Atlantic spokesman Zachary Hooper declined to identify participants or sponsors of the magazine's salon dinners. He said that clear ground rules were set: "From the outset, we've said there are no guarantees of access to any individual or guarantee of influence over any decision. The discussions are under the complete editorial control of our staff."
A lengthy email from Atlantic Media Chairman David Bradley explaining the practice of sponsored dinners was posted on The Atlantic's Web site yesterday. In it, Bradley says he sees value in the off-the-record sessions, but adds that the marketing materials advertising them "do not all reflect the central fact of our conversations -- dialogue and debate, without the advance of a particular interest." He writes that the spotlight generated by the Post controversy has prompted a renewed effort to "make sure that future materials reflect exactly the spirit and facts of" the Atlantic dinners.
Last week, The Post said a newly hired marketing executive, Charles Pelton, was responsible for the brochure that mischaracterized the first Post dinner, scheduled for July 21, focusing on health-care reform. Pelton, who remains employed as the newspaper's general manager of conferences and events, has not commented publicly since Thursday.
But while Post executives immediately disowned the flier's characterization, senior managers had already approved major details of the first dinner. They had agreed, for example, that the dinner would include the participation of Brauchli and some Post reporters; that the event would be off the record; that it would feature a wide-ranging guest list of people involved in reforming health care; and that it would have sponsorship.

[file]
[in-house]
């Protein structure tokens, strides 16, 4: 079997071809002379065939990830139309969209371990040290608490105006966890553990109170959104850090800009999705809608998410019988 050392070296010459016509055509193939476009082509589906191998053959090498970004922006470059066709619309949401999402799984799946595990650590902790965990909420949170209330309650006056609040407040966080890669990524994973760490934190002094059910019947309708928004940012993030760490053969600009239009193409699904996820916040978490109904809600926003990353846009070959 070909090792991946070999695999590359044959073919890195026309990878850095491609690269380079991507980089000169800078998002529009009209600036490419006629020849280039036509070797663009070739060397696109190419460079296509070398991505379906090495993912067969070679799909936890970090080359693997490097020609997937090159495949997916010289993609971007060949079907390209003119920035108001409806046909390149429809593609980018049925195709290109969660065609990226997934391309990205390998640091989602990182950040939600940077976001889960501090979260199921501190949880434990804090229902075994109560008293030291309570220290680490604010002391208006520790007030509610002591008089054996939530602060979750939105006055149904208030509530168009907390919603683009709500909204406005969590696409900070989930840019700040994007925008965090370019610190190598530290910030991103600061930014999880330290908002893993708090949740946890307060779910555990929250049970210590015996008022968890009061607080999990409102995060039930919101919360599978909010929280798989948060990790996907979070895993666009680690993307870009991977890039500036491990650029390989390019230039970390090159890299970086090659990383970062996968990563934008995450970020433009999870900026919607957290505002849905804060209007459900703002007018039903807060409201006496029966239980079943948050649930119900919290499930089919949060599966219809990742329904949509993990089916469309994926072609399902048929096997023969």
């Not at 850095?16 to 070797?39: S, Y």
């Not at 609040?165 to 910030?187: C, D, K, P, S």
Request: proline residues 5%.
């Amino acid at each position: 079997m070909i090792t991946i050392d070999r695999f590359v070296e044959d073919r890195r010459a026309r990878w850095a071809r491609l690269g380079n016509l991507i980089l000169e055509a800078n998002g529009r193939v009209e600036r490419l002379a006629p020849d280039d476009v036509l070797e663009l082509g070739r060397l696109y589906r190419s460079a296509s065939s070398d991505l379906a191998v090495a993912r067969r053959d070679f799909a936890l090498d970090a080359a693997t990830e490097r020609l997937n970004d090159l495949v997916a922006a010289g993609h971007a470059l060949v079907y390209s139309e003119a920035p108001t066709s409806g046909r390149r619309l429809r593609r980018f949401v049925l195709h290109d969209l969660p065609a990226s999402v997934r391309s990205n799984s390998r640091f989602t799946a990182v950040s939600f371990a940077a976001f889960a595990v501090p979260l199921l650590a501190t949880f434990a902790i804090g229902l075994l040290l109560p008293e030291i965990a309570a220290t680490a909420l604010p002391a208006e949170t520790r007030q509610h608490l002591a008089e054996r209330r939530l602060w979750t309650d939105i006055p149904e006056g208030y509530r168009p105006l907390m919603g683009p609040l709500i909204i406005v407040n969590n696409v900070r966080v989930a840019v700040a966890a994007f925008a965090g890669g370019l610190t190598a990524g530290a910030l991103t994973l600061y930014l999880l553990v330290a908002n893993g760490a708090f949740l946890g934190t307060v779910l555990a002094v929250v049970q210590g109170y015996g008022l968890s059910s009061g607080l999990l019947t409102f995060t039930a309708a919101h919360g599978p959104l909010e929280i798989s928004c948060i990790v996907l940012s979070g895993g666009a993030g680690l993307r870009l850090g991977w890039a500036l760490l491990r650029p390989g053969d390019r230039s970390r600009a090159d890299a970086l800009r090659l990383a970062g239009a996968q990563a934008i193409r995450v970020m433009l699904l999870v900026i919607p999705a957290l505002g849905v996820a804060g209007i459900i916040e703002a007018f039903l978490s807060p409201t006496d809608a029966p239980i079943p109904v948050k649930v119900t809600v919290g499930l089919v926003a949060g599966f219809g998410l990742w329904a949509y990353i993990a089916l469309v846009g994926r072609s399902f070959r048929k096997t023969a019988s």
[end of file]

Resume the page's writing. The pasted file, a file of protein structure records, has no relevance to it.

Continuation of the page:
Some members of the newsroom raised objections about attending an event at Weymouth's house. No change in plans was made.
The only unresolved question was whether the first event would have multiple sponsors or a single one. Brauchli and Weymouth have said they preferred multiple sponsors, to dilute the influence of any particular sponsor. Yet when Weymouth's office sent out e-mail invitations to the event early last week, only one sponsor, Kaiser Permanente, was listed. (Kaiser officials have said they had not decided whether to participate.)
Weymouth said she was on vacation last week and did not see the invitation that was sent out in her name. If she had, she said, she would have raised more questions about the event's planning.
Brauchli, Weymouth and Post Co. chief executive Donald Graham met individually and in small groups with Post journalists yesterday, seeking to reassure them and answer questions about the controversy.
"I thought it was helpful," said veteran political reporter Dan Balz. "I thought they were forthcoming in trying to explain how it happened. I think everyone still has questions about how this collective breakdown occurred. This was not just two people in a room. There were a number of discussions about it. That part concerned me. Everyone knows the dinners were a bad idea. If anyone didn't know that before, they know it now."